Carbapenemase-producing Enterobacteriaceae in hospital wastewater: a reservoir that may be unrelated to clinical isolates

J Hosp Infect. 2016 Jun;93(2):145-51. doi: 10.1016/j.jhin.2016.03.007. Epub 2016 Mar 24.


Background: Carbapenemase-producing Enterobacteriaceae (CPE) are an emerging infection control problem in hospitals worldwide. Identifying carriers may help reduce potential spread and infections.

Aim: To assess whether testing hospital wastewater for CPE can supplement patient-based screening for infection prevention purposes in a hospital without a recognized endemic CPE problem.

Methods: Wastewater collected from hospital pipework on 16 occasions during February to March 2014 was screened for CPE using chromID(®) CARBA agar and chromID(®) CPS agar with a 10μg ertapenem disc and combination disc testing. Minimum inhibitory concentrations were determined using British Society for Antimicrobial Chemotherapy methodology and carbapenemase genes detected by polymerase chain reaction or whole-genome sequencing. Selected isolates were typed by pulsed-field gel electrophoresis.

Findings: Suspected CPE were recovered from all 16 wastewater samples. Of 17 isolates sent to the Antimicrobial Resistance and Healthcare Associated Infections Reference Unit, six (four Citrobacter freundii and two Enterobacter cloacae complex) were New Delhi metallo-β-lactamase (NDM) producers and the remaining 11 (six Klebsiella oxytoca and five Enterobacter cloacae complex) were Guiana-Extended-Spectrum-5 (GES-5) producers, the first to be described among Enterobacteriaceae in the UK. The four NDM-producing C. freundii, two NDM-producing E. cloacae complex, and four out of five GES-5-producing E. cloacae complex were each indistinguishable isolates of the same three strains, whereas the six GES-5-producing K. oxytoca overall shared 79% similarity.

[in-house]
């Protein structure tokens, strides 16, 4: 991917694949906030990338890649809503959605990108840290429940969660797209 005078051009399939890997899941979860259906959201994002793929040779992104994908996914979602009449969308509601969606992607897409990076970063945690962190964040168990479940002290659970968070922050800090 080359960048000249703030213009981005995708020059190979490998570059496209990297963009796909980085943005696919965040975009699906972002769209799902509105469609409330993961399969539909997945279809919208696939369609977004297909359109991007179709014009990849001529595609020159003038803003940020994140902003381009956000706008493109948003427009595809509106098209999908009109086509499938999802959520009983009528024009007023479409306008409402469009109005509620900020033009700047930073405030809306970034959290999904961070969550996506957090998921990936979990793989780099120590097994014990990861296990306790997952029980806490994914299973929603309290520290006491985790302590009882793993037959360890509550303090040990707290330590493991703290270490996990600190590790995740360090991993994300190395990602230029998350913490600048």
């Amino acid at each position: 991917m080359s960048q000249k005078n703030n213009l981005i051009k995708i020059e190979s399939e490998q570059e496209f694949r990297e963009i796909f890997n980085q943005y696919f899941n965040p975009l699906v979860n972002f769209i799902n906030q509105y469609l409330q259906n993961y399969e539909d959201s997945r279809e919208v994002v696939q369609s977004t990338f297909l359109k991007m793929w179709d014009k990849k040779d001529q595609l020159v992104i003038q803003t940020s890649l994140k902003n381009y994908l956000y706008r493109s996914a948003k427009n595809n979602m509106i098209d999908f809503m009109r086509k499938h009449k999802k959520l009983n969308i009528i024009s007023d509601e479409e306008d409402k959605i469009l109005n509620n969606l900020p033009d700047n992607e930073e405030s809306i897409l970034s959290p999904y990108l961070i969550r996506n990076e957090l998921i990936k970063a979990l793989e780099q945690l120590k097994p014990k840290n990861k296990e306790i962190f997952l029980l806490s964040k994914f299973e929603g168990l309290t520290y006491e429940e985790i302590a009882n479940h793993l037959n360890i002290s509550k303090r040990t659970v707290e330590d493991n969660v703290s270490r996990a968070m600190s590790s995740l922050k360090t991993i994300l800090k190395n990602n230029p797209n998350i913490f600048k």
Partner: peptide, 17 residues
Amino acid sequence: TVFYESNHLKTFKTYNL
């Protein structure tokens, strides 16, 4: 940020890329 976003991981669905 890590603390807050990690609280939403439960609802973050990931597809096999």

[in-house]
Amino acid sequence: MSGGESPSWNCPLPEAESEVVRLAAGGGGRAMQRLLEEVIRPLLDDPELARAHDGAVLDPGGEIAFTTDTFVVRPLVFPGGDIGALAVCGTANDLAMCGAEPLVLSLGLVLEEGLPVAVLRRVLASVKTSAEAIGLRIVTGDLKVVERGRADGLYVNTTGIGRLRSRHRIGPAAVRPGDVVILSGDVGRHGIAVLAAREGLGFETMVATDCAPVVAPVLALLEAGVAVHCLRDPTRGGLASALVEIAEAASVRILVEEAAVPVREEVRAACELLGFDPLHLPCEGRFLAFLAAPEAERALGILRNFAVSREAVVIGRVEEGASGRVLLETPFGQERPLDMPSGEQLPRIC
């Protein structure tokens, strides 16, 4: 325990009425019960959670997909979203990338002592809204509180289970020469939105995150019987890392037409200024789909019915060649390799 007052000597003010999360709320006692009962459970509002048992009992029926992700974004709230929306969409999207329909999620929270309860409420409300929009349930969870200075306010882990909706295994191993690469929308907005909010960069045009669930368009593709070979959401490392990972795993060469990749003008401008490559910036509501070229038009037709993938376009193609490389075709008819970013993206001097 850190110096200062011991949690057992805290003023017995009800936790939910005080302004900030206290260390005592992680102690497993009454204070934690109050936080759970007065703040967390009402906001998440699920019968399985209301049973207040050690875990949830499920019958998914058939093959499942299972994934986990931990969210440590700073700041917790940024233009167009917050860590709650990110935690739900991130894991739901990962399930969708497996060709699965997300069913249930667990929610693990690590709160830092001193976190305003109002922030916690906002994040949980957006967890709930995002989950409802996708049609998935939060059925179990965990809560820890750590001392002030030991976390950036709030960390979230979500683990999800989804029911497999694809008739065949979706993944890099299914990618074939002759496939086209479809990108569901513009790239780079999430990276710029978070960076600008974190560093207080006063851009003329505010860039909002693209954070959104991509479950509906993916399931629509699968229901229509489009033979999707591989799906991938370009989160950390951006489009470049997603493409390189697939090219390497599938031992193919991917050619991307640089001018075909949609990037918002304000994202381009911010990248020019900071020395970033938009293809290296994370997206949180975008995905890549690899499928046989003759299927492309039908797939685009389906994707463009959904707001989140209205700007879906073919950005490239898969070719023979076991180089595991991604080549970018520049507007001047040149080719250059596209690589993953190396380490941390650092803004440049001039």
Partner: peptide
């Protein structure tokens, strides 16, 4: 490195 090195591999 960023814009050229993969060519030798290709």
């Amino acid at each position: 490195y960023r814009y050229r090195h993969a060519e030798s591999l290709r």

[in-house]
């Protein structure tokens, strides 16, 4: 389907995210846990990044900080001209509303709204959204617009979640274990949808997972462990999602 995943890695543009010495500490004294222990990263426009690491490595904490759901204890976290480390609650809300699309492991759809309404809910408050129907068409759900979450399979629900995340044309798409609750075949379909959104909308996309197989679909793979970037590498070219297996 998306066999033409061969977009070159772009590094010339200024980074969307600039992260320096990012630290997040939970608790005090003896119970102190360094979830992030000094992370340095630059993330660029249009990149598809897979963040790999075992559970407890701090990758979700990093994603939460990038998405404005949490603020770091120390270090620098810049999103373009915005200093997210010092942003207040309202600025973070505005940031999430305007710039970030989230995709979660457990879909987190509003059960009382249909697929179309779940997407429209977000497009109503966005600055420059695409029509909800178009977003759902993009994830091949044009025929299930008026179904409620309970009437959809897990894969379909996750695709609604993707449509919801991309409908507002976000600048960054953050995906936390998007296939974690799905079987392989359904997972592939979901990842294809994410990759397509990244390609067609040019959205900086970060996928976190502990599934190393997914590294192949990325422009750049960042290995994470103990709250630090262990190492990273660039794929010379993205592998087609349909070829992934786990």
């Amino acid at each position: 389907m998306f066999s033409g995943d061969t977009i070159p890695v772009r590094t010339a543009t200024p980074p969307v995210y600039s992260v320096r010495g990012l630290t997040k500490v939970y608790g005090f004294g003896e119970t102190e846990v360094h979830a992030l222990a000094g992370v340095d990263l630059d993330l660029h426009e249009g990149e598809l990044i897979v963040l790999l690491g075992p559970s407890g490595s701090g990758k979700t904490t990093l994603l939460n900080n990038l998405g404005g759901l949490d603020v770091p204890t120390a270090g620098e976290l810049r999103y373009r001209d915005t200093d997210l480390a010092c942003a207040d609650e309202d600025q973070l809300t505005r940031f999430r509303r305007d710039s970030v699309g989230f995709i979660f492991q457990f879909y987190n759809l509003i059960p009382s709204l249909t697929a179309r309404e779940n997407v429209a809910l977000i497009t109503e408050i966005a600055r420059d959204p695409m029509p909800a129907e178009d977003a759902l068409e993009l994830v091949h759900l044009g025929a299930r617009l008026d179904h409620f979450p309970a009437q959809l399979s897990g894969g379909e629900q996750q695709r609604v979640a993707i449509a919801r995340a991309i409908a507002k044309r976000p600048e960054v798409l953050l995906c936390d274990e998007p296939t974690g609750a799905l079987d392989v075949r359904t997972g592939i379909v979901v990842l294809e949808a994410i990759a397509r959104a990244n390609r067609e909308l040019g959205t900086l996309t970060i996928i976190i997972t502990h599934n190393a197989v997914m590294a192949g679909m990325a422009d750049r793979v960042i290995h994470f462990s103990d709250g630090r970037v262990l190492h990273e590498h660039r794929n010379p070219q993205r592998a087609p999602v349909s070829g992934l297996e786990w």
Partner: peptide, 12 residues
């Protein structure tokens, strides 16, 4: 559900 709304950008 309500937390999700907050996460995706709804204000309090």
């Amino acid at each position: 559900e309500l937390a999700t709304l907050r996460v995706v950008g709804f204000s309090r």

Conclusion: CPE are readily isolated from hospital wastewater using simple culture methods. There are either undetected carriers of CPE excreting into the wastewater, or these CPE represent colonization of the pipework from other sources. Surveillance of hospital wastewater for CPE does not appear helpful for infection control purposes within acute hospitals.

Keywords: Carbapenem resistance; Guiana-Extended-Spectrum-5 (GES-5); Metallo-β-lactamase; Surveillance.

MeSH terms

  • Bacterial Proteins / metabolism*
  • Bacteriological Techniques / methods
  • Enterobacteriaceae / drug effects
  • Enterobacteriaceae / enzymology*
  • Enterobacteriaceae / isolation & purification*
  • Genotype
  • Hospitals
  • Humans
  • Mass Screening / methods
  • Polymerase Chain Reaction
  • Sequence Analysis, DNA
  • United Kingdom
  • Waste Water / microbiology*
  • beta-Lactamases / metabolism*


  • Bacterial Proteins
  • Waste Water
  • beta-Lactamases
  • carbapenemase